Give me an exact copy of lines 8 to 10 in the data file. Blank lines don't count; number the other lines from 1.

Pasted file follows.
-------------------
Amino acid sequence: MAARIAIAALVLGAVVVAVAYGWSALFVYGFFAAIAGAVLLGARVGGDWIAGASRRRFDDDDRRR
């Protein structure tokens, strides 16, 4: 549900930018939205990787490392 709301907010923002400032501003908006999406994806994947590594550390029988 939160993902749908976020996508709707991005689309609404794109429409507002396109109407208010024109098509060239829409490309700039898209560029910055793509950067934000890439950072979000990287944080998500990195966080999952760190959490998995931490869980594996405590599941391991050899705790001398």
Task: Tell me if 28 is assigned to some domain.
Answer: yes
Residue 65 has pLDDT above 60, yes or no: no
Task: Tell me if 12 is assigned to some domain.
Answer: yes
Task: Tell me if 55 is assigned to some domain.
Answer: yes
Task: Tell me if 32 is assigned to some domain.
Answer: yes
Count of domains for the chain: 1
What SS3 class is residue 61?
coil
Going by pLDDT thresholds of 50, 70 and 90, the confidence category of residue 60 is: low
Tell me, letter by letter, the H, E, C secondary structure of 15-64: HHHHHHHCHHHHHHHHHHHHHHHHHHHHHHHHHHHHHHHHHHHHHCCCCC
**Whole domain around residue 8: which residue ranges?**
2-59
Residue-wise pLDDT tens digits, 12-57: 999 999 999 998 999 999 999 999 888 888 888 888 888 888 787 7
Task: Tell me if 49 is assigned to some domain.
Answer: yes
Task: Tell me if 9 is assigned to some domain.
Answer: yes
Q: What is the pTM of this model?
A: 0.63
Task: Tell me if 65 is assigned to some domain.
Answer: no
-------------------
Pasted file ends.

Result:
Task: Tell me if 55 is assigned to some domain.
Answer: yes
Task: Tell me if 32 is assigned to some domain.